Think about it for a second and the acronym will set in. Remember in elementary school when you learned the colors of the rainbow? It’s ROYGBIV – Red, Orange, Green, Yellow, Blue, Indigo, Violet, and it’s the spectrum of colors that one can expect to find emerging after a rain shower, imprinted across the sky as well as an INDYCAR race weekend.
Here at Milwaukee, I can’t help but think in shades of color as I watch photos roll in from our talented photographers. With blue, cloud-filled skies, perhaps the colors that have popped the most can be found on Dario’s car:
From what I understand, the history of car colors dates back to the early 1900’s when cars were assigned colors at the Gordon Bennett Cup based on their country of origin. Blue was France, yellow was Belgium, white was Germany, red was the USA, and green was for the UK. Through the years from there, auto manufacturers used different colors to signify their presence in the sport.
When you look at a list of traditional country livery colors, Switzerland’s colors are red and white and Canada’s are white and green. However, in the IZOD IndyCar Series, Swiss driver Simona de Silverstro takes on Canada’s coloring while throwing in traditional colors with a Swiss flag decal. James Hinchcliffe goes in a different direction altogether by coupling the silver and blue of his Sprott car colors with the red and white of a Canadian Maple Leaf.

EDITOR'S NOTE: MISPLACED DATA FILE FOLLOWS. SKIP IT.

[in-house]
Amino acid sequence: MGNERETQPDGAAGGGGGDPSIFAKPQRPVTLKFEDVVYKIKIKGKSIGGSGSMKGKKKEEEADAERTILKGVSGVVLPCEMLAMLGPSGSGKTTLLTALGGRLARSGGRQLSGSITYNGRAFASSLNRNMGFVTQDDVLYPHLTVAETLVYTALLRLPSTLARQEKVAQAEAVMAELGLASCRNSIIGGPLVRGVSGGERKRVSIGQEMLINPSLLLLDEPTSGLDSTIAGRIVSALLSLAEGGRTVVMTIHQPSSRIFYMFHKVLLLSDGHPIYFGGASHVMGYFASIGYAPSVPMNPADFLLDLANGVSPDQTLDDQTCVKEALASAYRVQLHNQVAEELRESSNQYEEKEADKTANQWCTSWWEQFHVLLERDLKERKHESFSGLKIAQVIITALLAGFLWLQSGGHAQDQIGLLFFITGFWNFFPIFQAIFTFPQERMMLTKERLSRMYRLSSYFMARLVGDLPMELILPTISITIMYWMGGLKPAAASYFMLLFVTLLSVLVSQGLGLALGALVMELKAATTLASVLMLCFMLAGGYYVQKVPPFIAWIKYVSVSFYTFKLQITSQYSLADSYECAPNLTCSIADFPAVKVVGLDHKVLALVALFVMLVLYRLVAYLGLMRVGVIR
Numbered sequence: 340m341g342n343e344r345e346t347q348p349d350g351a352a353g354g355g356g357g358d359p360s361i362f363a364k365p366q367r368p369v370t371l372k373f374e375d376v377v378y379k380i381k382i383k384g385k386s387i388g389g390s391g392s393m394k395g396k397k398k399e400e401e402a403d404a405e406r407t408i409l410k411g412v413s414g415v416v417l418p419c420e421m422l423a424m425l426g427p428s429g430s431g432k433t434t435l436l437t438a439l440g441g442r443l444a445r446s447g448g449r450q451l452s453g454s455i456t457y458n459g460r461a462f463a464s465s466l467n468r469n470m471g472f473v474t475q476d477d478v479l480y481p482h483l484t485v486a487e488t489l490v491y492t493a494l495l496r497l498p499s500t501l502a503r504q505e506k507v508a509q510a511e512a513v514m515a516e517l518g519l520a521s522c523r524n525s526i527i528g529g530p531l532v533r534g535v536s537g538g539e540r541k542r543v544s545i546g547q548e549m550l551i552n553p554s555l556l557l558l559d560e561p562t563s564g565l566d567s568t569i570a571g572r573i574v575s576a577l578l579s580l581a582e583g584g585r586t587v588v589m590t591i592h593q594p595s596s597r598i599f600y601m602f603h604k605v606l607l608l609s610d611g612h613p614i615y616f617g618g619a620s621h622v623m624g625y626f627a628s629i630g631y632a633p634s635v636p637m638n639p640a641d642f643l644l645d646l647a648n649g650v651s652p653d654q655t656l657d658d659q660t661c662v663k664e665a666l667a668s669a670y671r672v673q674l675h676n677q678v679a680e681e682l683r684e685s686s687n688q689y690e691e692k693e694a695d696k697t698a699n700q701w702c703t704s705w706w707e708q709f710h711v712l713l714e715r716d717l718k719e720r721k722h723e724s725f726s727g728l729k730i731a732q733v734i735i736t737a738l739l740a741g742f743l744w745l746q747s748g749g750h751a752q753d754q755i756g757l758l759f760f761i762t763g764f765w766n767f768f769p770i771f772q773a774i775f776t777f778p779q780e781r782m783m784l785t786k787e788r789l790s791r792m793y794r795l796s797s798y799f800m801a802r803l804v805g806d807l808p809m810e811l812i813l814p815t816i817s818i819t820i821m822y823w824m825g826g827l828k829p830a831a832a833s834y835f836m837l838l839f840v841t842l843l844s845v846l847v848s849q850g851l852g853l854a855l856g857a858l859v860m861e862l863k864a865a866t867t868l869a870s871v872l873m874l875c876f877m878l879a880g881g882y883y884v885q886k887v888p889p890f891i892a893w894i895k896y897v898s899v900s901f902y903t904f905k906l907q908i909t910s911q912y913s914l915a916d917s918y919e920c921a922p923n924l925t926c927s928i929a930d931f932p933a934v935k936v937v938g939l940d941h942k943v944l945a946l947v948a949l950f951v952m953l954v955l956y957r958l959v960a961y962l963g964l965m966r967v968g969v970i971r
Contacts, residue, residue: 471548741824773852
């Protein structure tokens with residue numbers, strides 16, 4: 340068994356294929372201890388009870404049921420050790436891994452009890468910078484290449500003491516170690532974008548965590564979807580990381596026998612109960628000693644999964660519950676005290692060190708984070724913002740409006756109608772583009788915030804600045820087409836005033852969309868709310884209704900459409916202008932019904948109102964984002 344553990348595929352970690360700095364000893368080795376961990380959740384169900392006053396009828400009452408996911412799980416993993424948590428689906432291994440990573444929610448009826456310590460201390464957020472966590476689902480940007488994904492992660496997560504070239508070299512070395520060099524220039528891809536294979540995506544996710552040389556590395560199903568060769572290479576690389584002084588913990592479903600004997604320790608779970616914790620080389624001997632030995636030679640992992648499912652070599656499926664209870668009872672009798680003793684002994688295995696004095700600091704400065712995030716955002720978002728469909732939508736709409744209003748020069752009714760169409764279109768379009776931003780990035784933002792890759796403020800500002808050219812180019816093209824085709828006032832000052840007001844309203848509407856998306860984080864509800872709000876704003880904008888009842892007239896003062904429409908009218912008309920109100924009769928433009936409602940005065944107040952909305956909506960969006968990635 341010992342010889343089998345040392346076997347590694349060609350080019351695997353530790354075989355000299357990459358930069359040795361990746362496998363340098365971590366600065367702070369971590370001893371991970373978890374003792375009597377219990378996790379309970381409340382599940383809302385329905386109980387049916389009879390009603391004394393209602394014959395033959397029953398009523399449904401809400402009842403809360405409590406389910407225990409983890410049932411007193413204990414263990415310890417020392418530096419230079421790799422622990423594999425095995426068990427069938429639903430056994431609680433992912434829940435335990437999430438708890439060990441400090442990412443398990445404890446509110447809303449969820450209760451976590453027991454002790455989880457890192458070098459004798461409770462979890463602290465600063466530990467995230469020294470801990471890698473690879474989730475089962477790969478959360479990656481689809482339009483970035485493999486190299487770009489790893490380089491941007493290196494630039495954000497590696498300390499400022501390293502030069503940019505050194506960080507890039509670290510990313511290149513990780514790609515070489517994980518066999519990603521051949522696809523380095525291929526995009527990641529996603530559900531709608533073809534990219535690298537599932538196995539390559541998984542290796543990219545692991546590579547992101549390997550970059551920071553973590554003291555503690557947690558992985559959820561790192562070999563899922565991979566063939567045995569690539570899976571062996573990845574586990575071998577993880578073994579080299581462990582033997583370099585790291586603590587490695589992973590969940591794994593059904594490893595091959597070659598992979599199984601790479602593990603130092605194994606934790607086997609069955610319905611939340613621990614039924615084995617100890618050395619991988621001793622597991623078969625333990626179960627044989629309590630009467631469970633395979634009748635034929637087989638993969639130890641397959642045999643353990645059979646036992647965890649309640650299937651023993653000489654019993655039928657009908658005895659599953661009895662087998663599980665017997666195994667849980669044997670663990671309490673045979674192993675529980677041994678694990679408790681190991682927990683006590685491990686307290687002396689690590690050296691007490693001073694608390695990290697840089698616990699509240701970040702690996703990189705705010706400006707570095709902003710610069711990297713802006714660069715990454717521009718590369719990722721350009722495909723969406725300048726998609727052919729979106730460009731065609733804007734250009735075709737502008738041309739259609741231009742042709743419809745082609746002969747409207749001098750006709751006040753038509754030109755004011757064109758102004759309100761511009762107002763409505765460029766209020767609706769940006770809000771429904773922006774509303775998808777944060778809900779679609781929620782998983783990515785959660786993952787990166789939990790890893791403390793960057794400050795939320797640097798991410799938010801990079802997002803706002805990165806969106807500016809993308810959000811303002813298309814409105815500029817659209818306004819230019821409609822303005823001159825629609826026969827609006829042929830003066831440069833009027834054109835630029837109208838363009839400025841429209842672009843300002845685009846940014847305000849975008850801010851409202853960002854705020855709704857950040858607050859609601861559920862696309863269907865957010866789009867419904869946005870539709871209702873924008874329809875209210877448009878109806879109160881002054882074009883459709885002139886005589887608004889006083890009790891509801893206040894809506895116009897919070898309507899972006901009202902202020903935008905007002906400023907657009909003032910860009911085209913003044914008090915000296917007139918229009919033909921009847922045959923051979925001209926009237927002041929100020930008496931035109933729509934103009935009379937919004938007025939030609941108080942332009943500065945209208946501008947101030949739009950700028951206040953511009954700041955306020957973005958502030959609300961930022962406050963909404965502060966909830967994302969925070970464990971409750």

Regardless of nationality or sponsors, in a race weekend our photographers will work with shadows to bring to light the many different colors of each driver.
In 1968, sponsorship liveries became allowed in international racing. With sponsorships in play, colors go beyond the cars and extend to a driver’s firesuit. Perhaps the most interesting and unique colors emerge now in the intense and intricate designs found on the helmets of drivers. Helmets, as we’ve seen in the Art Rotundo blog series, take on the personalities of their owners and say much, much more about a driver than the cars do.
Helmets give our photographers exciting, colorful objects to shoot and they do an incredible job of using a driver’s helmet to share a bit of each driver’s personality.
I’ve been told that the diversity in paint schemes is a sign of a healthy series. Does this mean that, the more colors we see, the better times are for INDYCAR? If so, it’s ROYGBIV at INDYCAR, let the good times roll.